The modern farmhouse trend is still going strong. However, if you are not ready to shiplap a wall or install barn doors, consider creating a distressed look on a signature piece of furniture for the same aesthetic. You can do many types of distressing techniques to furniture, but crackle paint is the most common and fun method. Crackle painting gives a painted surface a more worn and aged look than chalk paint does, and it’s a simple technique that anyone can complete.
What Is Crackle Paint?
Crackle paint doesn’t come in a can. It’s a technique that involves applying a layer of crackle medium between two layers of paint. The crackle medium is a clear, water-based product designed to create various cracks in a top coat of paint to let the base coat show through. You can use any latex or acrylic paint for the base and topcoat. The base coat is what shows through the cracks. Complementary colors work best for this technique.
Equipment / Tools
- 1 sheet 150-grit sandpaper
- 1 orbital sander (optional)
- 1 tack cloth or rag
- 2 paintbrushes
- 1 paint roller (optional)
- 1 container crackle medium or white school glue
- 1 can primer (optional)
- 1 can semi-gloss or satin latex paint
- 1 can matte or flat latex paint
- 1 paint roller cover (optional)
- 1 container water-based polyurethane sealant (optional)
Select the Piece
While most people associate wood with a crackle finish, the technique can be used on materials such as concrete, metal, stone, plastic, and more. However, this tutorial will focus on using the crackle paint technique on wood, a material that is exceptionally well suited for the application.
Prepare the Work Area
Keep your floors and other surfaces safe by covering them with paper or a drop cloth. Make sure the room is well ventilated, and that you have all your supplies on hand before getting started.
Prep the Surface
Sand the surface of the wood furniture piece. It’s essential to remove any bumps and roughen up any previous finishes so the paint sticks better to the surface. If you are refinishing a large piece of furniture, it’s better to use an orbital sander. Once the sanding is complete, wipe down the surface with a tack cloth to remove dust or debris.
Apply Primer, If Needed
If you do not want any of the furniture’s previous color to show through, you will need to apply a primer. (If you do want the previous color to show through, skip this step.) Brush a coat of primer onto the surface and allow it to dry thoroughly.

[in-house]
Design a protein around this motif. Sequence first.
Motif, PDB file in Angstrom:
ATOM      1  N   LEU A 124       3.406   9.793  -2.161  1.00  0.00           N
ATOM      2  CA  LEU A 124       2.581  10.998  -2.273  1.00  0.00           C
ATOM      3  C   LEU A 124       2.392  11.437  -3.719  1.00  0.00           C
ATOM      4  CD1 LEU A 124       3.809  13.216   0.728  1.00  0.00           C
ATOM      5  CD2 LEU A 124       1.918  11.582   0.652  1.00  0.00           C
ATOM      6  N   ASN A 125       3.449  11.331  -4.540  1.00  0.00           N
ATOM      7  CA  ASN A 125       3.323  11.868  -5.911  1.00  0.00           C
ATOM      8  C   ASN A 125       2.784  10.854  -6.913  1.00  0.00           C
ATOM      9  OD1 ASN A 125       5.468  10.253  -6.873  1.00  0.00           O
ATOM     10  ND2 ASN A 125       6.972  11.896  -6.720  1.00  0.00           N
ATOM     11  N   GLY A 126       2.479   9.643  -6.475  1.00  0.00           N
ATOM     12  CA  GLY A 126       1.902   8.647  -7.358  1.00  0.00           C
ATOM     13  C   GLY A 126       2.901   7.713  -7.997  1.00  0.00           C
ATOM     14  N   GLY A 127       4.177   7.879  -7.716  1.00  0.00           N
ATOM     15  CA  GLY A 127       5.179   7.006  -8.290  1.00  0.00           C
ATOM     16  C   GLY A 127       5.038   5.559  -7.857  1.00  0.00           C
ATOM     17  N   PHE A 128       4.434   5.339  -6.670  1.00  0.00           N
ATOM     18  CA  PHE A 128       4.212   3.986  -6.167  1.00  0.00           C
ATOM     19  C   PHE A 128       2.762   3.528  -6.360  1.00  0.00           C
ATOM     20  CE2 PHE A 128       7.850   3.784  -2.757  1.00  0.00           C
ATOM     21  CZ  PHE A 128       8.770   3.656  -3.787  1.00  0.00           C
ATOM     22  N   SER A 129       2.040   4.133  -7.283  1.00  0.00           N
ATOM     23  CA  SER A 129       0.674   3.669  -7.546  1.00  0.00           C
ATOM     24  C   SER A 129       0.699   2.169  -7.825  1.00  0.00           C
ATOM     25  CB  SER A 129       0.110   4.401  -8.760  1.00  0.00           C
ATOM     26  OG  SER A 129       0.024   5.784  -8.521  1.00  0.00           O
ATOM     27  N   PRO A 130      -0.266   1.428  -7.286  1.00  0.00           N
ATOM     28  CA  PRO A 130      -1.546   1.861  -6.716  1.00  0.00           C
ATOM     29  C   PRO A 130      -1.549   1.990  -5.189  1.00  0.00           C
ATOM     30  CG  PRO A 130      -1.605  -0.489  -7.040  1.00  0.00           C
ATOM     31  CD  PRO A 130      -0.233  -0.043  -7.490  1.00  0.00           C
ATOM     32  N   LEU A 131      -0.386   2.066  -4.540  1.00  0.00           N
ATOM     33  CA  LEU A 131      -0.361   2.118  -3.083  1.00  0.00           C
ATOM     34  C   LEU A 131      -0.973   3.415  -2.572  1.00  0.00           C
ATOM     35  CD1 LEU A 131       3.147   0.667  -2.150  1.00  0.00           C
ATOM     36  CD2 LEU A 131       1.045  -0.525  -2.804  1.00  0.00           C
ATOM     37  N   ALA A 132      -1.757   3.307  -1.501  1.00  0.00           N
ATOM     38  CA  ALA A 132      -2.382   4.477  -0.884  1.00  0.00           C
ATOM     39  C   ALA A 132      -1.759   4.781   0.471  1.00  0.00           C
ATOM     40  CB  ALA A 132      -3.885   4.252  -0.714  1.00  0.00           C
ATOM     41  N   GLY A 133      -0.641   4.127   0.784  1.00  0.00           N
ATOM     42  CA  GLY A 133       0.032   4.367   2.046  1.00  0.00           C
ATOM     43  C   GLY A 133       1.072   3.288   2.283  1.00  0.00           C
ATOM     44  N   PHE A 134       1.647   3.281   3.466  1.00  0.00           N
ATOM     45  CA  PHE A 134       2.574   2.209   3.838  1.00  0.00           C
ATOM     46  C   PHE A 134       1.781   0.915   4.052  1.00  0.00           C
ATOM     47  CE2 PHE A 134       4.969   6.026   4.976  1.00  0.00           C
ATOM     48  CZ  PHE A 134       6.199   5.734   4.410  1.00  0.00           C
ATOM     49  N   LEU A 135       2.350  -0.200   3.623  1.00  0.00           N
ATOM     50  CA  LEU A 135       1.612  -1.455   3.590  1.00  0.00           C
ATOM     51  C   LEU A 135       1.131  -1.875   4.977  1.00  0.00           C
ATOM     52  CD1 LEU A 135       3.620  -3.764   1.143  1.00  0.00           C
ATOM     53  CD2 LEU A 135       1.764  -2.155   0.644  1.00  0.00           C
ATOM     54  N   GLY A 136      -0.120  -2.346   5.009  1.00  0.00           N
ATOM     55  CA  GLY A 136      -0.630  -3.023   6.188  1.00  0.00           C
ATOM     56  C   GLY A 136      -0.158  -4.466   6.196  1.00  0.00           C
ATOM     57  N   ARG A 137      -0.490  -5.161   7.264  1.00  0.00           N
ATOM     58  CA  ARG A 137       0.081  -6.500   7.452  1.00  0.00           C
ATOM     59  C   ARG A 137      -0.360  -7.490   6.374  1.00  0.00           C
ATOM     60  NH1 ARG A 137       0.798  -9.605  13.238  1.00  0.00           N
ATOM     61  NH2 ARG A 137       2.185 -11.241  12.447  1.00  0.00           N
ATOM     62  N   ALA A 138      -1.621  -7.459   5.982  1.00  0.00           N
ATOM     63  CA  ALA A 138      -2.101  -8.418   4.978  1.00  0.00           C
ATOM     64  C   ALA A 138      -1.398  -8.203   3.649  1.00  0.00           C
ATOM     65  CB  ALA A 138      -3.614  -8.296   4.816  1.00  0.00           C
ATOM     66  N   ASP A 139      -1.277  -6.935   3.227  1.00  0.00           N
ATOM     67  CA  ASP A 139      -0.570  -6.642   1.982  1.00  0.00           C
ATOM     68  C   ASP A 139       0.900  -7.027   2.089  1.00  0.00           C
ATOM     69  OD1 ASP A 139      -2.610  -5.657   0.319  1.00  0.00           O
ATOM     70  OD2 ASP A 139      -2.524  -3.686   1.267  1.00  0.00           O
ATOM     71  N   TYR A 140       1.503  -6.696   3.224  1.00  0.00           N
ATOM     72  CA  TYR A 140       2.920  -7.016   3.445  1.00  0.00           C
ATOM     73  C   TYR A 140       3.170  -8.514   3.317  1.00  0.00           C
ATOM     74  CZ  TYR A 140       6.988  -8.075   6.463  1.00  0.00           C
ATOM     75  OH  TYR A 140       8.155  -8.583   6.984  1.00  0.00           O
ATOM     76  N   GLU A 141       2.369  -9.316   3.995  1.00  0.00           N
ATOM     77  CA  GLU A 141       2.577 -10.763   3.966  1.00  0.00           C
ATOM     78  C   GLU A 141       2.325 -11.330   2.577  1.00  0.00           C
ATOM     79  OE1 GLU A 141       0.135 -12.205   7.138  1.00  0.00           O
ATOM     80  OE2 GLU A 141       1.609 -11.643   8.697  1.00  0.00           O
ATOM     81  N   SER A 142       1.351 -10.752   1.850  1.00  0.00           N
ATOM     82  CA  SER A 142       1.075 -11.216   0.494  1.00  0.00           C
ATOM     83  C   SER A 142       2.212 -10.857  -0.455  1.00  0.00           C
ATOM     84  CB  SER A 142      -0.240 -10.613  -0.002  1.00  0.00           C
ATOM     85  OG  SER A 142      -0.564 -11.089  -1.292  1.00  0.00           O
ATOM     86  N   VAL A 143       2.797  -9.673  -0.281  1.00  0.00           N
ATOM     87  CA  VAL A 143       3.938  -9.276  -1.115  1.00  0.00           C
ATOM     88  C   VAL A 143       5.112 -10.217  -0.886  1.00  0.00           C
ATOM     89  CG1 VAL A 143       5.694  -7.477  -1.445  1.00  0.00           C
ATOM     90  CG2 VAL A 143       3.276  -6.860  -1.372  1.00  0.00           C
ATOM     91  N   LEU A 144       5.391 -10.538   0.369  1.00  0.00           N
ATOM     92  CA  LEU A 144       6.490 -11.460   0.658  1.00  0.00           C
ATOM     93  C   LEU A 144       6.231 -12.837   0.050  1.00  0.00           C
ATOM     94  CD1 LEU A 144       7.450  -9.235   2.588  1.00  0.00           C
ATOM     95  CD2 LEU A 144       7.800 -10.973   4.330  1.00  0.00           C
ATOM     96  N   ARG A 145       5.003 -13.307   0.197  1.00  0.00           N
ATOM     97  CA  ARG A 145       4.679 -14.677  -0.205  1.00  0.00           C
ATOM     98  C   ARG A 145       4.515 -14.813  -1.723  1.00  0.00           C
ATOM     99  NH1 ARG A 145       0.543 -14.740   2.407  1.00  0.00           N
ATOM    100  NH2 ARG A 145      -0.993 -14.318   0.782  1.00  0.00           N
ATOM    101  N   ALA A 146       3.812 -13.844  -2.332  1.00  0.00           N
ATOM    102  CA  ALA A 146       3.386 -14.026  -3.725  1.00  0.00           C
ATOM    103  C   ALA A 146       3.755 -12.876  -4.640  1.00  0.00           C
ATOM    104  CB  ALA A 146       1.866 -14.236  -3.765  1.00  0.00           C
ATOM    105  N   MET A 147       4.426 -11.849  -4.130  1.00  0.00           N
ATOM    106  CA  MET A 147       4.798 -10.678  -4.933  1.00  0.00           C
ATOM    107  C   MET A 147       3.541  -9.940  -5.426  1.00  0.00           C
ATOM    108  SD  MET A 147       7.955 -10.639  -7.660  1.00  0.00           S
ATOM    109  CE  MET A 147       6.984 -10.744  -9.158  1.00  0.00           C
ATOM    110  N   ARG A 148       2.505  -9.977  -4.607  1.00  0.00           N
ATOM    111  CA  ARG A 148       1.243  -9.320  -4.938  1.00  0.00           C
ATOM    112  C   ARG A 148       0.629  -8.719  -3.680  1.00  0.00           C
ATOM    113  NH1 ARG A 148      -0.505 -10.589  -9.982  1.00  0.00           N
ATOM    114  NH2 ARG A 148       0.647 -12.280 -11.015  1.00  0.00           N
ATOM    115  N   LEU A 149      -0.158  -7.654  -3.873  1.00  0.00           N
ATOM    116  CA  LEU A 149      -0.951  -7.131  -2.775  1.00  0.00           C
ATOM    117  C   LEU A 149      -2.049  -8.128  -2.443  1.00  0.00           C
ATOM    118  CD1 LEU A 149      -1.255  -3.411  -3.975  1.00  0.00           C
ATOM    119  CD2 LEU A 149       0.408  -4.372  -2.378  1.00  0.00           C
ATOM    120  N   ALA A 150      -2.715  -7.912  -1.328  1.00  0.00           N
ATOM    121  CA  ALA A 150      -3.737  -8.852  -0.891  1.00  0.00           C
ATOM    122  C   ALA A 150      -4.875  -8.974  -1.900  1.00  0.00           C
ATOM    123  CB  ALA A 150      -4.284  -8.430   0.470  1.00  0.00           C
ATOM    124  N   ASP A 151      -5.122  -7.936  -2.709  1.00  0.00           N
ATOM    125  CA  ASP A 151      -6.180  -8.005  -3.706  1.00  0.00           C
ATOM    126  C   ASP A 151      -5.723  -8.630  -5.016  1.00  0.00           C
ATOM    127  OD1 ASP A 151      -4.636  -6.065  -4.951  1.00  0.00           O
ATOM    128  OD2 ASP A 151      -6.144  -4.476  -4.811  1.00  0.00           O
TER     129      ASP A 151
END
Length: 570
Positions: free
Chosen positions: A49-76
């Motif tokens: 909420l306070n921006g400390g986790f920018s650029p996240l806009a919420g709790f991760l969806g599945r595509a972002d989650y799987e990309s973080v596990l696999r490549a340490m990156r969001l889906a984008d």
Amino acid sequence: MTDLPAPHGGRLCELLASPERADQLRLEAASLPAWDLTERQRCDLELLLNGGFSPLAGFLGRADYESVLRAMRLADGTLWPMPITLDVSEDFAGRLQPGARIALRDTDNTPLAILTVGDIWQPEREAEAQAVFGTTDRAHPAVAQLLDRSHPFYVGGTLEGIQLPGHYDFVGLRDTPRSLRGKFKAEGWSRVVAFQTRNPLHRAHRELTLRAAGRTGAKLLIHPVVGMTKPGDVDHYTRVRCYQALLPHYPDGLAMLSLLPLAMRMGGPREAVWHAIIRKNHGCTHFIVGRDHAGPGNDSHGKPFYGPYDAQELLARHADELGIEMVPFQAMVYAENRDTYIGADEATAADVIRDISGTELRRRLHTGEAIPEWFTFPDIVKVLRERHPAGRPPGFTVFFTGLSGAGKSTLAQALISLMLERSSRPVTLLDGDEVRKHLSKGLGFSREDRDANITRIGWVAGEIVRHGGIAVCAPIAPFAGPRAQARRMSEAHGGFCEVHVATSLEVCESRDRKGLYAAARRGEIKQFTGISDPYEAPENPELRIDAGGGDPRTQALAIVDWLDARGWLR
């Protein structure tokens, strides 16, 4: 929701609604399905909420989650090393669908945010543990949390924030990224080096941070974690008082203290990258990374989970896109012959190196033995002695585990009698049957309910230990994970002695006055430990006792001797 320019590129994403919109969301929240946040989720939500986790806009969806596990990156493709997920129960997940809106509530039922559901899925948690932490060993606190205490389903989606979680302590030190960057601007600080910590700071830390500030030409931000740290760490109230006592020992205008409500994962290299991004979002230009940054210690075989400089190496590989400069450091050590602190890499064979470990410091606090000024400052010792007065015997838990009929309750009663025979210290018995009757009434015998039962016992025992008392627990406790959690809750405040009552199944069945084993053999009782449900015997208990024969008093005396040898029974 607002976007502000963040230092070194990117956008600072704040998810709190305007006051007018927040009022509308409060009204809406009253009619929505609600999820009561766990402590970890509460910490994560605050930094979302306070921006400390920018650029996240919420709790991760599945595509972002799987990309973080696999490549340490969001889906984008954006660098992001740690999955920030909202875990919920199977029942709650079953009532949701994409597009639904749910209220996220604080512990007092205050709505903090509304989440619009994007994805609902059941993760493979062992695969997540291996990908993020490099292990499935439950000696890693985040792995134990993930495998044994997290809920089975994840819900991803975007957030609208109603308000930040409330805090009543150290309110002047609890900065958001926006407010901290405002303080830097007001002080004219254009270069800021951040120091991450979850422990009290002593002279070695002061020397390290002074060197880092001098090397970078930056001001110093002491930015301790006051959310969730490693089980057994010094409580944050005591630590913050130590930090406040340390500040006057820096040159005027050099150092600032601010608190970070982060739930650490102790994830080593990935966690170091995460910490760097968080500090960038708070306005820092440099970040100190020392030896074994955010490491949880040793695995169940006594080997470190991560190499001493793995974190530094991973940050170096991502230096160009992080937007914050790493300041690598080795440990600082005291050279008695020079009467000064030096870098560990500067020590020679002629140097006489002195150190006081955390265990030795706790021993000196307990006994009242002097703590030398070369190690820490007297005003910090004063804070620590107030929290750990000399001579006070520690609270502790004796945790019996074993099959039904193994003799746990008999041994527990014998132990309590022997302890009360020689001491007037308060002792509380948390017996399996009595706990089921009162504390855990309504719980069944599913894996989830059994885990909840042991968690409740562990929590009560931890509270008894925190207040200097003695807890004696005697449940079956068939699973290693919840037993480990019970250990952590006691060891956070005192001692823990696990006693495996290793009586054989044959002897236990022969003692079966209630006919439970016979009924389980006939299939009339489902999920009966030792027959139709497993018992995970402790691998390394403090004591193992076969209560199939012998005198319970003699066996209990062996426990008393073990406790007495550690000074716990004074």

Apply the Base Coat
Apply the base coat to the furniture piece, brushing in the direction of the wood grain. Remember, the base coat is what will show through the crackle paint. Allow it to dry and apply another coat of paint if needed. After the second coat of paint, allow the furniture to dry overnight.
You can use any latex paint base coat color, but a semi-gloss or satin is ideal so that the color shimmers in the light.
Apply Crackle Medium
For the crackle medium, you have two choices: conventional prepackaged medium or white school glue. Both types of mediums will result in a crackle finish. However, white school glue is more cost-effective.
Use a paintbrush to apply the medium onto the furniture piece. For finer hairline cracks, brush on a thin layer of medium. For larger cracks, apply a thicker layer of medium.
If using a commercial crackle medium, it needs to dry for one to four hours before applying the topcoat. However, refer to the directions on the bottle for suggested drying time. School glue doesn’t need to be completely dry for the effect to work, but it needs to be tacky to the touch.
Apply Top Coat
Use a clean paintbrush or paint roller to apply the topcoat on top of the crackle medium layer. You should see the crackle effect instantly. Any area with the crackle medium will cause the topcoat to shrink or crack to reveal the base coat underneath. Next, allow the piece to dry. This step may take several hours, but it’s best to allow it to dry overnight.
Once the furniture piece is dry, determine If you want the furniture piece to have a more distressed look. Think about what parts of the furniture sees typically wear and tear, such as corners and edges. These are great places to add some distressed details. Use the 150-grit sandpaper to remove some of the paint in these areas, but don’t go overboard.
Once your item is perfectly distressed, lock in its finish with a protective sealant. Follow the sealant instructions before using the item. Then, brush on a coat and allow it to dry. If you want to allow the furniture piece to naturally distress further with use, skip the sealant coat.